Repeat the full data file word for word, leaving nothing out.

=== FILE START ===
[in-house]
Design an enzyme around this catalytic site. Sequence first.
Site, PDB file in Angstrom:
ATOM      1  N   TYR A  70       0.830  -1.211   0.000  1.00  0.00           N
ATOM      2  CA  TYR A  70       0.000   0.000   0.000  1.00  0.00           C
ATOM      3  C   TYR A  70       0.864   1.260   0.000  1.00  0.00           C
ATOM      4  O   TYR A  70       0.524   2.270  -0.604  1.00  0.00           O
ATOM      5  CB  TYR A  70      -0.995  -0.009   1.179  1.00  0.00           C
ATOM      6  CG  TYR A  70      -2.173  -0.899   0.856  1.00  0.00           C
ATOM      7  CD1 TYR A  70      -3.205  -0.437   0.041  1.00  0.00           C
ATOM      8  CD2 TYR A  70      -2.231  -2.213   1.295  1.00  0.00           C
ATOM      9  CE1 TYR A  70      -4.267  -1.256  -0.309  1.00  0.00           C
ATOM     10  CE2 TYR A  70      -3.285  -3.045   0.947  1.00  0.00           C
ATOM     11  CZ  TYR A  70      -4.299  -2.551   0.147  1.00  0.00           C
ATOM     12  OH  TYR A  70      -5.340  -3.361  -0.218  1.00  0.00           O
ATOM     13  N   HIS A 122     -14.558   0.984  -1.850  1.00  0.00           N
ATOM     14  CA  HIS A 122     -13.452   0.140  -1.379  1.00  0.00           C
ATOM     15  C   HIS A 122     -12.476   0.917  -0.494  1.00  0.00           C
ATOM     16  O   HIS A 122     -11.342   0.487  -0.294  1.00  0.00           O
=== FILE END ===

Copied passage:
[in-house]
Design an enzyme around this catalytic site. Sequence first.
Site, PDB file in Angstrom:
ATOM      1  N   TYR A  70       0.830  -1.211   0.000  1.00  0.00           N
ATOM      2  CA  TYR A  70       0.000   0.000   0.000  1.00  0.00           C
ATOM      3  C   TYR A  70       0.864   1.260   0.000  1.00  0.00           C
ATOM      4  O   TYR A  70       0.524   2.270  -0.604  1.00  0.00           O
ATOM      5  CB  TYR A  70      -0.995  -0.009   1.179  1.00  0.00           C
ATOM      6  CG  TYR A  70      -2.173  -0.899   0.856  1.00  0.00           C
ATOM      7  CD1 TYR A  70      -3.205  -0.437   0.041  1.00  0.00           C
ATOM      8  CD2 TYR A  70      -2.231  -2.213   1.295  1.00  0.00           C
ATOM      9  CE1 TYR A  70      -4.267  -1.256  -0.309  1.00  0.00           C
ATOM     10  CE2 TYR A  70      -3.285  -3.045   0.947  1.00  0.00           C
ATOM     11  CZ  TYR A  70      -4.299  -2.551   0.147  1.00  0.00           C
ATOM     12  OH  TYR A  70      -5.340  -3.361  -0.218  1.00  0.00           O
ATOM     13  N   HIS A 122     -14.558   0.984  -1.850  1.00  0.00           N
ATOM     14  CA  HIS A 122     -13.452   0.140  -1.379  1.00  0.00           C
ATOM     15  C   HIS A 122     -12.476   0.917  -0.494  1.00  0.00           C
ATOM     16  O   HIS A 122     -11.342   0.487  -0.294  1.00  0.00           O